By Staff Reporter
Kingswood College learner Savanna Renaud recently won Gold at the Eskom International Science Expo in JHB for the best animal science project for her study “Of Mice and Music”, which uncovered how mice reacted to different genres of music. Savanna is hoping her research can help children with Neurodiversity.
Savanna shares information about her Eskom International Science Expo’s project:
“I studied neurochemistry in mice to help children with autism,” Savanna says. “I did this by subjecting mice to a maze while playing music to see what elements/genre of music was most beneficial to helping them solve a problem,” she adds.
She says she chose music as it is something readily available to any person, showing people they don’t need fancy products to help them, and rather, anyone has access to help.
Savanna adds that her results came out to show that Lofi was the best, closely followed by Pop. The similarity between the two came down to a steady down-beat. Upon further research, she found that with a constant beat, one’s neurological pulses and heart rate can synchronize with the rhythm, making breathing more regular and allowing a person (or mouse) to calm down.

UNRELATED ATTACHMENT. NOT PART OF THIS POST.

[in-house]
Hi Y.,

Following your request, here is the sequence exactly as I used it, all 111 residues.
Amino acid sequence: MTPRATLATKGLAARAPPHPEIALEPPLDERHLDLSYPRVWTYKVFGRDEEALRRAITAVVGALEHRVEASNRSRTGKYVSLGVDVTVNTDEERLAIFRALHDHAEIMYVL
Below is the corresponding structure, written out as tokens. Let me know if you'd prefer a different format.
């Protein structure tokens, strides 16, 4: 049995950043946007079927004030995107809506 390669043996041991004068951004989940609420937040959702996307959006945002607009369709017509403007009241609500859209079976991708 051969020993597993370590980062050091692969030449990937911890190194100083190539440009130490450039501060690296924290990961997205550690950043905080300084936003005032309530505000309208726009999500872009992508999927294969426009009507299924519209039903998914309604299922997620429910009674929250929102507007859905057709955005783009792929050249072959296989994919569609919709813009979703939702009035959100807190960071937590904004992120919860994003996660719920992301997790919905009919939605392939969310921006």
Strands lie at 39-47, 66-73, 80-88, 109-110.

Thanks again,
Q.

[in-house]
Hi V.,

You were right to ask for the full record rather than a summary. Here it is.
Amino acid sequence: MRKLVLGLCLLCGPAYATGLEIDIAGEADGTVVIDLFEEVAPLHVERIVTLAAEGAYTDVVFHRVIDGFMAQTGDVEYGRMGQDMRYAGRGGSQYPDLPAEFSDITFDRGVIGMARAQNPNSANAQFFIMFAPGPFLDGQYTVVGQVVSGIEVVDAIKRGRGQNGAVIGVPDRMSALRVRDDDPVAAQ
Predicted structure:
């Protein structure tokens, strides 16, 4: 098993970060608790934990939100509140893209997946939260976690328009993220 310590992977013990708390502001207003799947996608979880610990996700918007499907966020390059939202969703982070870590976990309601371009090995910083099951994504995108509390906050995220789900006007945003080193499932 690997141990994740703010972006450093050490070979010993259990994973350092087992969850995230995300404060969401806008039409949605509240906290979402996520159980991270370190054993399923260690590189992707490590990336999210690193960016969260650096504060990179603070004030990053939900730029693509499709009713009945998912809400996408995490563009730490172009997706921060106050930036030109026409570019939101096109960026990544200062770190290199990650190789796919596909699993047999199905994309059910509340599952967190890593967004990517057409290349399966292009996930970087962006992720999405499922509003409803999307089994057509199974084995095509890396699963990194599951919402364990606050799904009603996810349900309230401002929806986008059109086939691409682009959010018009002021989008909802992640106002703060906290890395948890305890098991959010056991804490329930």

She adds that she was able to compare the two brains by analysing the four cortexes that she outlined as being most important and glued them together. “I found that in a child with autism, there is a lower brain capacity where parts of the brain aren’t as developed, and of course, in a mouse, their brains are much smaller.”
Renad continues by saying, “There are also areas with heightened sensitivity in both brains. This allowed me to compare the two, finding that a mouse’s brain is more similar to an autistic child’s brain than a ‘normal child’s'”.
As comparisons over the years have been done between mice and normal children, hers would be more accurate to children who struggle because of the correlations she has found, she says.
“The whole point of this project was to prove not only what type of music is best suited to help someone cope in challenging situations but to prove that whatever issue you have if provided with the right mechanisms, you have the same capacity to achieve what a ‘normal’ person can,” said Renad.